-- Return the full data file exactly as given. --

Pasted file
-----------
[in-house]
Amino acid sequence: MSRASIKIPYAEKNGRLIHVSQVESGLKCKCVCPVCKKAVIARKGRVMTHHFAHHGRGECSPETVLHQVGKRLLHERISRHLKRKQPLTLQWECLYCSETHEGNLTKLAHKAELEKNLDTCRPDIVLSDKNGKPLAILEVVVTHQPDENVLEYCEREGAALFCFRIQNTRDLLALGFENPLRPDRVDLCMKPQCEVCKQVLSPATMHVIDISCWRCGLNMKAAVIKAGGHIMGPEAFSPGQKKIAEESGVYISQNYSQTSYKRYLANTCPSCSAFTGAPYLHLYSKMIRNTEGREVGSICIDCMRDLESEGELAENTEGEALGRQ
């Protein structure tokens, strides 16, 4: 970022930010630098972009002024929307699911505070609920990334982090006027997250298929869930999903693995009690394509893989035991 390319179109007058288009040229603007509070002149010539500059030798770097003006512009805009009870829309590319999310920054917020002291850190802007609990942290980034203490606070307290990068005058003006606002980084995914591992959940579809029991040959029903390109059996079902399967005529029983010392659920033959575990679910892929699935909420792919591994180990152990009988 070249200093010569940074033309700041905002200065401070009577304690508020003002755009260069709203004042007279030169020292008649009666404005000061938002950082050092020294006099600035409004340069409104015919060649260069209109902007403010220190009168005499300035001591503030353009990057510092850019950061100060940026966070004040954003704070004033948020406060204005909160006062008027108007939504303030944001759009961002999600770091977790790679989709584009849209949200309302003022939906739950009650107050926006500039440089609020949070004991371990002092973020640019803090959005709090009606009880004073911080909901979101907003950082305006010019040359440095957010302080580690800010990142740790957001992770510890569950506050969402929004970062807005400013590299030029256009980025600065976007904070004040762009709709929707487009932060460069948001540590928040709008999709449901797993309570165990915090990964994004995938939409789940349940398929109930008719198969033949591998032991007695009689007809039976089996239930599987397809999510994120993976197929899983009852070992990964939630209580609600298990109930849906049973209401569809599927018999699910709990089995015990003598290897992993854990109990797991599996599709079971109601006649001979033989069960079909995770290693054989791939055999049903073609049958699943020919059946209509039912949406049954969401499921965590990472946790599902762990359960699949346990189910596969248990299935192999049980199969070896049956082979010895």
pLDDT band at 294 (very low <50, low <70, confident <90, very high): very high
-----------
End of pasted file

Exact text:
[in-house]
Amino acid sequence: MSRASIKIPYAEKNGRLIHVSQVESGLKCKCVCPVCKKAVIARKGRVMTHHFAHHGRGECSPETVLHQVGKRLLHERISRHLKRKQPLTLQWECLYCSETHEGNLTKLAHKAELEKNLDTCRPDIVLSDKNGKPLAILEVVVTHQPDENVLEYCEREGAALFCFRIQNTRDLLALGFENPLRPDRVDLCMKPQCEVCKQVLSPATMHVIDISCWRCGLNMKAAVIKAGGHIMGPEAFSPGQKKIAEESGVYISQNYSQTSYKRYLANTCPSCSAFTGAPYLHLYSKMIRNTEGREVGSICIDCMRDLESEGELAENTEGEALGRQ
């Protein structure tokens, strides 16, 4: 970022930010630098972009002024929307699911505070609920990334982090006027997250298929869930999903693995009690394509893989035991 390319179109007058288009040229603007509070002149010539500059030798770097003006512009805009009870829309590319999310920054917020002291850190802007609990942290980034203490606070307290990068005058003006606002980084995914591992959940579809029991040959029903390109059996079902399967005529029983010392659920033959575990679910892929699935909420792919591994180990152990009988 070249200093010569940074033309700041905002200065401070009577304690508020003002755009260069709203004042007279030169020292008649009666404005000061938002950082050092020294006099600035409004340069409104015919060649260069209109902007403010220190009168005499300035001591503030353009990057510092850019950061100060940026966070004040954003704070004033948020406060204005909160006062008027108007939504303030944001759009961002999600770091977790790679989709584009849209949200309302003022939906739950009650107050926006500039440089609020949070004991371990002092973020640019803090959005709090009606009880004073911080909901979101907003950082305006010019040359440095957010302080580690800010990142740790957001992770510890569950506050969402929004970062807005400013590299030029256009980025600065976007904070004040762009709709929707487009932060460069948001540590928040709008999709449901797993309570165990915090990964994004995938939409789940349940398929109930008719198969033949591998032991007695009689007809039976089996239930599987397809999510994120993976197929899983009852070992990964939630209580609600298990109930849906049973209401569809599927018999699910709990089995015990003598290897992993854990109990797991599996599709079971109601006649001979033989069960079909995770290693054989791939055999049903073609049958699943020919059946209509039912949406049954969401499921965590990472946790599902762990359960699949346990189910596969248990299935192999049980199969070896049956082979010895």
pLDDT band at 294 (very low <50, low <70, confident <90, very high): very high